The Morning Call and's view

How come it seems that things never get better?

Banks introduce ATMs, only to charge for accessing your own money. The government allows 401Ks, but now you have to be a Wall Street whiz and figure out your own retirement. Microwaves allow you to cook food in an instant and scald the roof of your mouth just as fast.

The future ain’t what it used to be, bubba.

But not everything is getting worse. Note that General Motors finally is producing some cars worthy of their name. To see how much better the General has become, compare two compacts: the all-new Oldsmobile Cutlass and the Pontiac Grand Am.


The Cutlass is the older name but the newer car. It’s almost identical to Chevrolet’s new Malibu, but shares a few distinguishing styling features. It’s the sole Cutlass for ’98, as the Cutlass Supreme and Cutlass Ciera ride off into a well-deserved retirement. The Cutlass is focused on Asian imports like the Camry and Maxima, which explains the conservative styling. Once Olds’ top-seller, it’s struggling to regain its former luster. It just might work. Several people thought it was a luxury car, bathed as it was in lustrous black paint.

That’s not true of the Grand Am. The extroverted styling and excessive body cladding screams ’80s, yet it’s bulging muscular nature has been updated with clear lens headlamps and a smaller grille. The styling might seem dated, but when painted in “Light Taupe Metallic,” it garnered unsolicited comments.


Both are about the same size, but the Grand Am’s 103.4-inch wheelbase is dwarfed by the Cutlass’ 107-inch wheelbase. The Olds is only a half-foot longer than the Pontiac and boasts more than three cubic feet of additional trunk space. The Olds weighs about 100 pounds more.


Both cars can be had with GM’s 3100 V6 engine, an overhead-valve engine that displaces 3.1 liters and produces 155 horsepower in the Pontiac,160 in the Olds. But the test Pontiac came with a more modern double overhead cam 16-valve four-cylinder engine, worth 150 horses. It gives up little in refinement to the six-cylinder, yet the Olds’ power train seemed more refined. The Pontiac’s four made quite a racket when revved, even though the Olds’ V6 is not a model of refinement when compared to the imports. Going with the bigger engine means giving up 2 mpg in the city cycle, for a yield of 20 mpg, according to the EPA.

Aside from the difference in noise, you’ll notice little difference in performance except that the six seems a little more at ease than the four. Both furnish good power and were coupled with automatic transmissions that worked with typical GM smoothness. The front disc/ rear drum brakes with anti-lock worked decently on both cars, but the Olds had much better progression and feel than the Grand Am’s spongy brakes.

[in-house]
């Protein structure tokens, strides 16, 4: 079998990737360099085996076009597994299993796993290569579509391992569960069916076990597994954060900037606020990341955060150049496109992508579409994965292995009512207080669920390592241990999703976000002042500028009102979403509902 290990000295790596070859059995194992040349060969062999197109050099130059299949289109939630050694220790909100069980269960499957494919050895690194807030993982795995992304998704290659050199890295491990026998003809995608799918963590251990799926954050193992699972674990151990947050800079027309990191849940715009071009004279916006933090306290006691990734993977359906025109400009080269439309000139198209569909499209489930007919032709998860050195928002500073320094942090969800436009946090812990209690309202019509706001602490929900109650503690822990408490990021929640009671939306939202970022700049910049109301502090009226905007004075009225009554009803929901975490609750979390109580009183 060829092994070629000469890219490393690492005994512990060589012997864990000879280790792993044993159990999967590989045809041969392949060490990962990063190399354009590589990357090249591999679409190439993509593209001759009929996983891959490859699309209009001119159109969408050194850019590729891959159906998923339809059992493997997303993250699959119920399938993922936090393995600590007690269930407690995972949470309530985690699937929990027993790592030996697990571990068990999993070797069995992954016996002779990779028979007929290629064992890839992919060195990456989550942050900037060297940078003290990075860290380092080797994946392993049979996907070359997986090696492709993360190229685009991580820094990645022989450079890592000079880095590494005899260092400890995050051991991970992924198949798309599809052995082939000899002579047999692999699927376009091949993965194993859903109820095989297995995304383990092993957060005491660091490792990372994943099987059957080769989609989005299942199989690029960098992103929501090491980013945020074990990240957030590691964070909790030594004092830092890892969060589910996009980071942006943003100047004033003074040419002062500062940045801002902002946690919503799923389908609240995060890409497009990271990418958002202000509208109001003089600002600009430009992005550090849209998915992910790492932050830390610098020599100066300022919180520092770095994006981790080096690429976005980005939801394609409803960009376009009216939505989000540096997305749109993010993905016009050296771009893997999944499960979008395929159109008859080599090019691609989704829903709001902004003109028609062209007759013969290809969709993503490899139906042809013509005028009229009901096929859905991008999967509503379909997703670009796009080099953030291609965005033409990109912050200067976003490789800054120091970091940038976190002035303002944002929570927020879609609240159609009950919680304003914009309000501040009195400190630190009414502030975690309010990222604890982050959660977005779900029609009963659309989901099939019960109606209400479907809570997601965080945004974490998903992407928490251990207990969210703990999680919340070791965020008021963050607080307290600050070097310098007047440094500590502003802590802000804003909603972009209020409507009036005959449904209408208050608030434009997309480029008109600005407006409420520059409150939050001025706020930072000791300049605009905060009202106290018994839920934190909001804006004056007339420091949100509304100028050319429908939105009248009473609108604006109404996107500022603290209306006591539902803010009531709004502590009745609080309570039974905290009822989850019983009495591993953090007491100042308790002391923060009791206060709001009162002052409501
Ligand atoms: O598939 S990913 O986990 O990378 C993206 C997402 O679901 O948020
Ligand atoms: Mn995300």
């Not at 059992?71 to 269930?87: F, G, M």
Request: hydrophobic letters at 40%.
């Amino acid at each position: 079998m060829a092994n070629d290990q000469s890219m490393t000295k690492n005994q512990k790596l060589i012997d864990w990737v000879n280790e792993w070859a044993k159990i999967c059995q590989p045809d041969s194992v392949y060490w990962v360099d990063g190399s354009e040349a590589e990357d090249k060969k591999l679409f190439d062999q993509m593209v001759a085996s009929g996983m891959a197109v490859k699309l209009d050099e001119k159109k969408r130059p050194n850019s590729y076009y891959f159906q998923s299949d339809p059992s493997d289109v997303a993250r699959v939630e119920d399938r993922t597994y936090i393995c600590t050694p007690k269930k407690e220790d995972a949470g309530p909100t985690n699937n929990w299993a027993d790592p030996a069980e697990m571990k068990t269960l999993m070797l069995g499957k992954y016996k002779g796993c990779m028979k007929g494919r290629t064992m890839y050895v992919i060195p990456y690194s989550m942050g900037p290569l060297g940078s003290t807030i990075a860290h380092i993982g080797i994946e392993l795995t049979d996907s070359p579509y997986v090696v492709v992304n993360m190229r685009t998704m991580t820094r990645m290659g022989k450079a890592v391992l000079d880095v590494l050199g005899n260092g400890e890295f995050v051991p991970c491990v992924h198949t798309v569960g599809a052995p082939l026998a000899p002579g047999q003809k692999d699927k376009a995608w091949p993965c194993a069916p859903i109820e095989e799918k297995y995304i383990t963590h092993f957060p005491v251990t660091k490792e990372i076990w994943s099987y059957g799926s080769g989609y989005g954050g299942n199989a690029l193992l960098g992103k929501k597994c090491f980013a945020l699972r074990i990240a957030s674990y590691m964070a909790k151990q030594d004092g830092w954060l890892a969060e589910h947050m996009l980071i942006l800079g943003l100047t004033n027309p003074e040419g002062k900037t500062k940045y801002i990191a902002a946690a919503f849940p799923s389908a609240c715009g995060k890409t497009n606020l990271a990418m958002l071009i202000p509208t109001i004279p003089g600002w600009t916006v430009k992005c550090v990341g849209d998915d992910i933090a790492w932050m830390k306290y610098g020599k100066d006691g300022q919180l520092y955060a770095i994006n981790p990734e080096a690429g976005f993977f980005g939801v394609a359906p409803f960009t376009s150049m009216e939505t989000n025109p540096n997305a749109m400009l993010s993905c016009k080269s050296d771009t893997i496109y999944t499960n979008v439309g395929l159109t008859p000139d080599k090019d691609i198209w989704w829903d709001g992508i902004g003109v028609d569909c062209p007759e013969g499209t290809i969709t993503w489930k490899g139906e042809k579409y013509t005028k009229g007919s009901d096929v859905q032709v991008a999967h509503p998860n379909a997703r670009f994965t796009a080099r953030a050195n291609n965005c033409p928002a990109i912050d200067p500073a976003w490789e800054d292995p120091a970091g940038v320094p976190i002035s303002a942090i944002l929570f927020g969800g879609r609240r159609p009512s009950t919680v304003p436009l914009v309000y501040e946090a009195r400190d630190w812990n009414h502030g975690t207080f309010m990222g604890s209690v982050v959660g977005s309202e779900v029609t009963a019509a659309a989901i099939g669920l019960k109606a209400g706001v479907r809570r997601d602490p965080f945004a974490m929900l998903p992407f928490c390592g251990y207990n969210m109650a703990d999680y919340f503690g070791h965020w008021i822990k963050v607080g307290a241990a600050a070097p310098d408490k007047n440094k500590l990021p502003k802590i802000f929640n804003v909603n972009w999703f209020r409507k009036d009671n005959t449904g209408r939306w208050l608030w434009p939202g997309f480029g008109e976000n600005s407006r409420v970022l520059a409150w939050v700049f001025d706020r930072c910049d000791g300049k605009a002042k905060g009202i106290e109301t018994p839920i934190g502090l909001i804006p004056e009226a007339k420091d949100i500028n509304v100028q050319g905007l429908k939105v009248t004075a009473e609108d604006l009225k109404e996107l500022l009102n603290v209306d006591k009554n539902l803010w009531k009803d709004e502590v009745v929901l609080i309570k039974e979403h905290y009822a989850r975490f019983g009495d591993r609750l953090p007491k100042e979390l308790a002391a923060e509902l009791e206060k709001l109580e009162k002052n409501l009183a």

Even if you don’t notice the difference in engi nes (and it is minimal), you will notice the big difference in ride — the Olds feels far more sophisticated than the Grand Am. The Grand Am’s suspension and tires seemed to find and transmit every ripple and shock in the road, even on freshly paved highways. When it found a pothole, the steering wheel shook. In the Olds, the shocks were transmitted with a distant thunk, heard but never felt. One wouldn’t mind the ride of the Pontiac, but the handling, while not bad, was no better than the Olds. The Olds handling wasn’t particularly sporty, but it was far from a mushmobile — although the Olds seemed to have more road and tire noise than the Pontiac, which rode very quietly.


Close. Where these two cars differ inside is attitude. Both sport ergonomically correct interiors. But each contains an oddity. On the Pontiac, it’s air-conditioning vents that look like they came from an old AMC product. On the Olds, it’s the thoughtful touches like the pen holder, or the left-handed cup holder. The Olds also had better seats, although they were quite flat. Interior space also seemed better in the Olds, but that’s partly because of the its taller stance. The radio was far better in the Olds than in the Pontiac — its audio system sounded worse when it was turned up.


Although the Pontiac is an agreeable enough car, with sporty looks and a modest price, the Olds is the clear winner here. Although the Grand Am SE sedan starts out a lot lower at a base price of $14,734, by the time the power goodies are added, along with better wheels and tires, keyless entry and a couple of odds and ends, the price jumps to $18,015.

The Oldsmobile Cutlass tested was the upscale GLS model that had only New York emissions specs for an option. The only real difference in equipment was that the Olds had leather seats. The bottom line was $19,911. While $2,000 might sound like a lot, keep in mind that the Olds has a better ride and handling package, bigger brakes, larger trunk and interior, and an all-new design in addition to the leather seats and superior stereo. As a matter of fact, someone mistook it for a Lexus competitor. Quite a feat for an auto under $20,000 and one that proves how much better General Motors is at building good cars.

Maybe GM’s future looks brighter after all.

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